CBT envelops a large number of different thought and behavioral exercises. Common techniques and elements that you might find over and over again in individualized CBT frameworks and cognitive behavioral guides include journaling, breathing techniques, examining cognitive distortions, practicing mindfulness (by stepping outside of a rumination), and exposure and response prevention.

How does CBT address addiction?

CBT can be part of a comprehensive or holistic treatment plan for substance use disorders, but often alongside other treatment elements, such as a medically supervised detoxification process, long-term drug withdrawal, and family therapy. Elements of CBT may be used in individual therapy, group therapy, and family therapy sessions for teens with addiction problems or a history of drug abuse. In many cases, CBT can help people with addiction problems learn to identify and separate themselves from their cravings or negative thoughts, identify the elements of an oncoming relapse, and develop a protocol for getting help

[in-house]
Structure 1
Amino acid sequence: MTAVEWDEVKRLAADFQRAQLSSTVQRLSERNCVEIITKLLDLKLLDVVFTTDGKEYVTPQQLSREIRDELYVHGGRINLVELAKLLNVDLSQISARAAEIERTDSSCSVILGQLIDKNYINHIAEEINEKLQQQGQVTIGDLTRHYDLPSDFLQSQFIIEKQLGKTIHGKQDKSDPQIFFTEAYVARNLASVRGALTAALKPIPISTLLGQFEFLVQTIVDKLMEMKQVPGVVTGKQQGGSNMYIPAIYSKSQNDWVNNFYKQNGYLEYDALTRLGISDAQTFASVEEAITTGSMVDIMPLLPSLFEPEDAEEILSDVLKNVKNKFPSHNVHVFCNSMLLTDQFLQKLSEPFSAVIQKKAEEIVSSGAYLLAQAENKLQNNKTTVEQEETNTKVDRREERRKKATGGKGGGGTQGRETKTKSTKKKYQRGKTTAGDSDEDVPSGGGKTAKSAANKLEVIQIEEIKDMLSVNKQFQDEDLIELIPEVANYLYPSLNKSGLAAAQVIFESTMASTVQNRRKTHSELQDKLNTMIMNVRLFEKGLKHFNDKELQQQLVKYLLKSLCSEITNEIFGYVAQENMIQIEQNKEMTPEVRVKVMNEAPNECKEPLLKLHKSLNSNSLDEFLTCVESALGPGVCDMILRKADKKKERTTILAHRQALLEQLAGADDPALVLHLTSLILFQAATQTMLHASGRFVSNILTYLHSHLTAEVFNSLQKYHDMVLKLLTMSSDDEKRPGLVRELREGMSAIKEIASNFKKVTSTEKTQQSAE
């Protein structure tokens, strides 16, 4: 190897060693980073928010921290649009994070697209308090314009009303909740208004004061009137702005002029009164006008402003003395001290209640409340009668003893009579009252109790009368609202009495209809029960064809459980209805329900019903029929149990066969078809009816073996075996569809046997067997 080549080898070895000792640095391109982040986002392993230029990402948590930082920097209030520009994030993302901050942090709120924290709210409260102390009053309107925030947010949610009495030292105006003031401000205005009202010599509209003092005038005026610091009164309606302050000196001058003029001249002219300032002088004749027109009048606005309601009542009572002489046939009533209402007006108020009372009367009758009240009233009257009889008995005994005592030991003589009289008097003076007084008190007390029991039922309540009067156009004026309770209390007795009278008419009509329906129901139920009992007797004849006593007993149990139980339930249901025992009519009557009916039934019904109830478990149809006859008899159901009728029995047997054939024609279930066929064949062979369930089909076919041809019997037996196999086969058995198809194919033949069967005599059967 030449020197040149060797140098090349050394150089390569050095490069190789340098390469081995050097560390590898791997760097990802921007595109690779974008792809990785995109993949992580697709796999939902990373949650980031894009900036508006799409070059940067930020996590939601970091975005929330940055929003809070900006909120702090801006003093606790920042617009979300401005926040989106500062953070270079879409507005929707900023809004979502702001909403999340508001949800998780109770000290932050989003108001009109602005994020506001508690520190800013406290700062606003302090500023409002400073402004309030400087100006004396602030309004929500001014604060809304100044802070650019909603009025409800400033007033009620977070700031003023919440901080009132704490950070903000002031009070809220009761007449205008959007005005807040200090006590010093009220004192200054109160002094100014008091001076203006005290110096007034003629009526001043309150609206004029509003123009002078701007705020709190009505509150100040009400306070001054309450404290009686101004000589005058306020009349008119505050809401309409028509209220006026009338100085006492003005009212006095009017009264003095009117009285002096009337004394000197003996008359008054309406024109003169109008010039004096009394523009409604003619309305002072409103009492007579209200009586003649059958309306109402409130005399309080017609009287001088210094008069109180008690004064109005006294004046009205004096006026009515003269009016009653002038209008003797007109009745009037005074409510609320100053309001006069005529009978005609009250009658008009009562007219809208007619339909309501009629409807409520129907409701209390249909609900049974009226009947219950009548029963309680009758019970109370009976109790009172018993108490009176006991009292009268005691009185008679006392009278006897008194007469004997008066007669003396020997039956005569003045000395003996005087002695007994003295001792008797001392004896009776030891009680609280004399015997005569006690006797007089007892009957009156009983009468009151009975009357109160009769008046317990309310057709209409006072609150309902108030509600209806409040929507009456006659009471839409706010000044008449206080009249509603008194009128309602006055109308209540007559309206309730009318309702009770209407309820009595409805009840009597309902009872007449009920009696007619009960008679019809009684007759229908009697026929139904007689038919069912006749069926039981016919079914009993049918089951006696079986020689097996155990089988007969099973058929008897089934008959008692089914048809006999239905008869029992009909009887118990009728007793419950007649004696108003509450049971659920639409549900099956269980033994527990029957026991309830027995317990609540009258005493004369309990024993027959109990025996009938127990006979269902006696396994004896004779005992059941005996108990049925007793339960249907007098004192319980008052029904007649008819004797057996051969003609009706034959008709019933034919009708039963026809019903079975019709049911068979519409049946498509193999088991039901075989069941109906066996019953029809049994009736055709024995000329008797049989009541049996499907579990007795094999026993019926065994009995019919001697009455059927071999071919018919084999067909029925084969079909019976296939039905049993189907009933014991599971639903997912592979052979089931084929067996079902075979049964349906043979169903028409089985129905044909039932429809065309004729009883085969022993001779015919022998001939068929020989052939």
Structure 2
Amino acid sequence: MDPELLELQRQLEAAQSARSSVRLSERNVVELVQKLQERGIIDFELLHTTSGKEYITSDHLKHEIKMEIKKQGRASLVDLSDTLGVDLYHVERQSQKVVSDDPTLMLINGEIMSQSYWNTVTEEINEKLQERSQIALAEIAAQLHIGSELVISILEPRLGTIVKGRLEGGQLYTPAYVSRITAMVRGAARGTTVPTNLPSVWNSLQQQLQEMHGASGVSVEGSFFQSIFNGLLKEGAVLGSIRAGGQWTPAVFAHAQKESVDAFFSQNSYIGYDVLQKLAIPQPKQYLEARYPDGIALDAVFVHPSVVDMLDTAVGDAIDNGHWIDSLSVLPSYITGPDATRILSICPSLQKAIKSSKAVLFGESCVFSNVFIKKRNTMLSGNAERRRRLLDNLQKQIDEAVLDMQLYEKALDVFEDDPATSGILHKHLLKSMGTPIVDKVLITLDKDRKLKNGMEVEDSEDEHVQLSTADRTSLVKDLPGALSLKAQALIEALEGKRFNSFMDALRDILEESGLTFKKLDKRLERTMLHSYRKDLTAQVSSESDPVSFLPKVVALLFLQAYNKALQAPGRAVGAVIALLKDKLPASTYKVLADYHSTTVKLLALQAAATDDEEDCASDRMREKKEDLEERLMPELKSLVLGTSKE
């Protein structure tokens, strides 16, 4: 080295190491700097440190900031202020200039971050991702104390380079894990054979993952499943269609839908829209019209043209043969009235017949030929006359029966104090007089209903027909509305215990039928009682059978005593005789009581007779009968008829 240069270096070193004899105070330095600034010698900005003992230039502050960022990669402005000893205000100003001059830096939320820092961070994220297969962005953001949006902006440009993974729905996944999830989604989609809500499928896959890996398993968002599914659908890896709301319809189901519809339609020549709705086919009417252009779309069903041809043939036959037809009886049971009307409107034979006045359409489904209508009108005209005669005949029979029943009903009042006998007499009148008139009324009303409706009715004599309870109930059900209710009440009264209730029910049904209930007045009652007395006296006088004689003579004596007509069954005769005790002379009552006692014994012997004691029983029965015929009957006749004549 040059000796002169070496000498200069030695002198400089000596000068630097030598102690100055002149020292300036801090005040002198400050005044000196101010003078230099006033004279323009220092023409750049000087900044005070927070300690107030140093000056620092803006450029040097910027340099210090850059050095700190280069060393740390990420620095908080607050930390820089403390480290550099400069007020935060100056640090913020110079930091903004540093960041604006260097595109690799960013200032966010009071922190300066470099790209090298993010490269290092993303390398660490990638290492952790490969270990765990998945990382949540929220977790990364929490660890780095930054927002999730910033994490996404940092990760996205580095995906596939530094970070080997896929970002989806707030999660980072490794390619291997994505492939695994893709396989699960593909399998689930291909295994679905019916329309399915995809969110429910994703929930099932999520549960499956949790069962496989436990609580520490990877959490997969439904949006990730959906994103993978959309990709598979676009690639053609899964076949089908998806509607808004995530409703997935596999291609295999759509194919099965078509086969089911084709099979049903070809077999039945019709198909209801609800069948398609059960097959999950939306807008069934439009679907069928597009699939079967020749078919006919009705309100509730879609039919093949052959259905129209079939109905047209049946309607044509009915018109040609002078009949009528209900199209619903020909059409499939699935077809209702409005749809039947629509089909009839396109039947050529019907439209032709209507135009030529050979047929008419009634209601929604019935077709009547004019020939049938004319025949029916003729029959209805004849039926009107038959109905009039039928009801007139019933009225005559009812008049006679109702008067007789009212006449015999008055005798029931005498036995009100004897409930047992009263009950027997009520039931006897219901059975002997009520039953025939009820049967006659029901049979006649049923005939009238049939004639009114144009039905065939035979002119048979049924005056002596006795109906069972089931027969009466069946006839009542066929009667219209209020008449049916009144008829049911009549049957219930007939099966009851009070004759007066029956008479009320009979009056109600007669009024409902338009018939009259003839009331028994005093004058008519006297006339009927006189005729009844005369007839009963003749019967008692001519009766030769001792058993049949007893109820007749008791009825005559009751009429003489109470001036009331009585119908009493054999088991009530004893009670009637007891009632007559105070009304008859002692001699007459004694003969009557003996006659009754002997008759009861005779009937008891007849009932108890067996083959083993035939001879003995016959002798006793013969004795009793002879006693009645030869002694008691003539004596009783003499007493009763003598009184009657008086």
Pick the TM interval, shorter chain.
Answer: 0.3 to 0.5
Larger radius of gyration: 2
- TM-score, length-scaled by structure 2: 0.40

Can CBT be used to treat physical conditions like chronic pain?

Talk therapy methods like cognitive behavioral therapy can be used in the management of chronic pain, for teens with physical conditions that are affecting or are related to their mental health. In these cases, therapy doesn’t treat nor change the physical condition, but can help people better cope with it, and enjoy a better quality of life.

Want to learn more about cognitive behavioral therapy for teens or get started now? Give us a call at 657.282.4263 or get in touch with us over at the Arrow House; we will happily answer any other questions you have or get you a consultation for treatment.

Cognitive Behavioral Therapy at the Arrow House

Cognitive behavioral therapy may be one of the talk therapy modalities that best suit your needs. We at the Arrow House work with a variety of therapeutic frameworks to help clients make progress with their mental health needs.

Take the first step towards lasting recovery at the Arrow House. Our evidence-based approach includes specialized cognitive behavioral therapy services tailored to your unique needs. Start your journey to a healthier, happier life today. Contact us for a confidential consultation and embark on a path of healing.